29 June, 2022

April 10 | Application

by | 4 April, 2022

What We All Have in Common

By David Faust

They appeared to have nothing in common at all. People treated him like gold and they treated her like dirt.

Scripture mentions her reputation but not her name, identifying her simply as a “woman in that town who lived a sinful life” (Luke 7:37). Was she a prostitute? Perhaps. Simon, on the other hand, was a well-regarded Pharisee. Their social circles never intersected. Her group of friends never interacted with his, and he meticulously avoided people like her. But when Simon hosted a dinner party with Jesus as a guest, she slipped into the house uninvited.

Jesus’ words and deeds that evening moved the woman to cry and moved the Pharisee to criticize (see Luke 7:36-50). The woman wept so hard that her tears poured down on Jesus’ feet, and she grabbed the only towel available (her own long hair) to dry them. Spontaneously, she kissed Jesus’ feet and poured perfume on them. The Pharisee looked on with disdain, angry at the awkward way this uninvited guest had interrupted his dinner party with all her weeping, wiping, and wailing.

Answering Unspoken Questions

Notice Simon’s train of thought and his faulty conclusions. “If this man were a prophet,” he said to himself . . . but Jesus was a prophet, and more! “He would know” . . . ah, but he did know! . . . “who is touching him and what kind of woman she is—that she is a sinner.”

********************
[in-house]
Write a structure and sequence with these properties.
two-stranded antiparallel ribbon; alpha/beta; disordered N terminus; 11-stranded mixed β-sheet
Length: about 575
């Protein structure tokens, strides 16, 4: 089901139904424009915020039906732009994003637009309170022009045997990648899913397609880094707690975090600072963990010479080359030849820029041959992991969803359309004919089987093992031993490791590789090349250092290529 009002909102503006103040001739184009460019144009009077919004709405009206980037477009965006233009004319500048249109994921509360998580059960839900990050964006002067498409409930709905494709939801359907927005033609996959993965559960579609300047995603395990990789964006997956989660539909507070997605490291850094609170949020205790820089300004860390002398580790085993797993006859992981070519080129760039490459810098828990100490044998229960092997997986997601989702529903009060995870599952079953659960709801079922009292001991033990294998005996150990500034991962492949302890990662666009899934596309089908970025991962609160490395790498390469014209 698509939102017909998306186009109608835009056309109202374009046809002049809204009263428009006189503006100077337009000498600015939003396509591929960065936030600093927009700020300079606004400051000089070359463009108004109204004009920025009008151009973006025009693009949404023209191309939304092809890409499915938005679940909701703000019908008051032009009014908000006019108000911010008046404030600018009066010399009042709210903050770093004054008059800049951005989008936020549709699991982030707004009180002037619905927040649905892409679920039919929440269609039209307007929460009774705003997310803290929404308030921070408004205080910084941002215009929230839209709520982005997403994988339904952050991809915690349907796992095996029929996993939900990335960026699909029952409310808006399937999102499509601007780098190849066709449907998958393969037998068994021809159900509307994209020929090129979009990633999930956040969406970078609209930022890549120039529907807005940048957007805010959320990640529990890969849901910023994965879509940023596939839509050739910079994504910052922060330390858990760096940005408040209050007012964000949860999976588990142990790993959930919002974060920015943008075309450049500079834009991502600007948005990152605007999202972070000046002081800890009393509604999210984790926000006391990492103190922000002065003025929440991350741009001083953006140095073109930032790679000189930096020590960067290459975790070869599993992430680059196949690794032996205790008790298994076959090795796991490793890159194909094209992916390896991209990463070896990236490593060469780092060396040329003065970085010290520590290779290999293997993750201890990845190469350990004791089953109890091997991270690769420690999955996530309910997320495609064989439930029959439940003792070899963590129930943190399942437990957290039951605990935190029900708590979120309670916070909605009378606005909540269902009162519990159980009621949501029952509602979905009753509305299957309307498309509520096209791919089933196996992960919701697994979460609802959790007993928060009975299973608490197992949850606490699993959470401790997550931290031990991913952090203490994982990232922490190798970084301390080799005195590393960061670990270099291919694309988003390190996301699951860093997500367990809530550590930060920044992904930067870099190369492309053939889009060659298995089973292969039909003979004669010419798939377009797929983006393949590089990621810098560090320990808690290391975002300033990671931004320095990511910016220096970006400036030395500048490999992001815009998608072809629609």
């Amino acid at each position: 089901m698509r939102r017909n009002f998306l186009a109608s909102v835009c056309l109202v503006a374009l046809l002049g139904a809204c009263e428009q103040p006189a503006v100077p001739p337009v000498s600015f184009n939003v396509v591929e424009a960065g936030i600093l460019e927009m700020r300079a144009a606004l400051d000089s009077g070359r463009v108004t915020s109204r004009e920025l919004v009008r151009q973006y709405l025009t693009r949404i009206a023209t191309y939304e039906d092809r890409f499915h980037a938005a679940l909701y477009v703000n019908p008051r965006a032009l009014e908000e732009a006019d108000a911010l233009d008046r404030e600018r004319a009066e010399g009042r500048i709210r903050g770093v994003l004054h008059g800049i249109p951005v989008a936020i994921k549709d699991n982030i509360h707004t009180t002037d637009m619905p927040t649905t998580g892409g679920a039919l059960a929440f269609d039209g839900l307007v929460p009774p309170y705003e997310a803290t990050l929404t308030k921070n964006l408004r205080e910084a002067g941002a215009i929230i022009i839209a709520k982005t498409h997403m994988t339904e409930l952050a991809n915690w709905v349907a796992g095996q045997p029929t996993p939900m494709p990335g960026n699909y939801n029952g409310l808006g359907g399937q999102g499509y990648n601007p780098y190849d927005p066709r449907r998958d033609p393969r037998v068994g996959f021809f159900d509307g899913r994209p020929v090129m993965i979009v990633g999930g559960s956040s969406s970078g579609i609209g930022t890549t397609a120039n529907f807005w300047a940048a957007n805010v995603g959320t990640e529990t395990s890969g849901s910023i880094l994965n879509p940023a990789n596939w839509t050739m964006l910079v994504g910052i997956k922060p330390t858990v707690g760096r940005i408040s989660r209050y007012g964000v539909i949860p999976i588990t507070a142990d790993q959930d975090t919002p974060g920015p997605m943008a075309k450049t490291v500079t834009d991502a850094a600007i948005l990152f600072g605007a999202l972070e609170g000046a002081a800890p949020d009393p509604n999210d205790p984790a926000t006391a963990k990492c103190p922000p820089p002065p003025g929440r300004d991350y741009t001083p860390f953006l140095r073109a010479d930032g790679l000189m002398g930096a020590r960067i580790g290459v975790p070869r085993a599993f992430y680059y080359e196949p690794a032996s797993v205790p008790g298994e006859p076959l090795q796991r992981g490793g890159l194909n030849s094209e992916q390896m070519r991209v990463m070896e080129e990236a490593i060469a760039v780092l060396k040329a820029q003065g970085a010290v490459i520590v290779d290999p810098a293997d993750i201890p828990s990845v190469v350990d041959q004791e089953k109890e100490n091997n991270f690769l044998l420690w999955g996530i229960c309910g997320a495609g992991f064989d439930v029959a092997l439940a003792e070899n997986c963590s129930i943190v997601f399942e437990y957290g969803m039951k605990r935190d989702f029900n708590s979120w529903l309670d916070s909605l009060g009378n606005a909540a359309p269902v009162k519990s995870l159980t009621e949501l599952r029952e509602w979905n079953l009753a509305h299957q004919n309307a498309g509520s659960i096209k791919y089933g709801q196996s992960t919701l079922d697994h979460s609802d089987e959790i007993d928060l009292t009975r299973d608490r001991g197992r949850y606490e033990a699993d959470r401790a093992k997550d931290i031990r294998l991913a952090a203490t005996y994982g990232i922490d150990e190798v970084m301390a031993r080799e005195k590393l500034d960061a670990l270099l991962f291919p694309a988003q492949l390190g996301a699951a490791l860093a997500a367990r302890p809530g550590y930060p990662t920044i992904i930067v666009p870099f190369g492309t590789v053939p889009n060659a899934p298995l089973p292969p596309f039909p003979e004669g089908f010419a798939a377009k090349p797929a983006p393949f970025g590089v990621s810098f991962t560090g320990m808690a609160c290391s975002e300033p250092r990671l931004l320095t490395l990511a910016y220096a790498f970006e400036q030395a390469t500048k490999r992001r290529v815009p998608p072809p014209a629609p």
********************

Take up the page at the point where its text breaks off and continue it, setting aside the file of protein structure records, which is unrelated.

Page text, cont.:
Jesus knew exactly what kind of woman she was. He came to seek, serve, and save people like her. The real problem? Simon didn’t realize what kind of Savior Jesus was, nor did Simon recognize what kind of sinner he himself was.

 “Jesus answered him” (v. 40), although the Pharisee hadn’t spoken his skeptical thoughts out loud. How startled Simon must have been when Jesus directly addressed his unspoken criticisms! The Lord told a little story to illustrate a practical point: Someone who has a large debt canceled appreciates it more than someone who has a small debt canceled. The more we recognize the magnitude of our sin-debt, the more we appreciate God’s forgiveness.

Our Common Problem

The unnamed woman and the self-righteous Pharisee had more in common than it appeared, for they were both sinners. And by the end of the evening, Jesus surprised everyone by turning the situation around. The man most viewed as righteous turned out to be the one who failed, and the woman known for her sin was commended for her faith. That evening, Simon hadn’t even shown Jesus common courtesies, but the woman honored the Lord by washing and kissing his feet. Forgiven more, she loved more.

This story is a wake-up call when we’re tempted to slip into self-righteousness. Without Christ, we are all in the same boat and it’s sinking. Some sins are more obvious than others, but we all desperately need God’s grace. How will we respond to Christ, the grace-giver? Will we be like cynical Simon, looking down our noses at others and even daring to criticize the Lord himself? Or will we be like the tearful woman, moved to sincere and uninhibited repentance?

This story teaches us to lay aside our pride and fall humbly at Jesus’ feet. Only then can we fully appreciate the Master’s words: “Your faith has saved you; go in peace” (v. 50).

Personal Challenge: How much has God forgiven you—a little, or a lot? How deep is your love for the Lord? How much do you appreciate his forgiveness? If you had attended the Pharisee’s dinner party, would you have joined the woman at Jesus’ feet, or would you have kept your distance and silently found fault?

Christian Standard

Contact us at cs@christianstandardmedia.com


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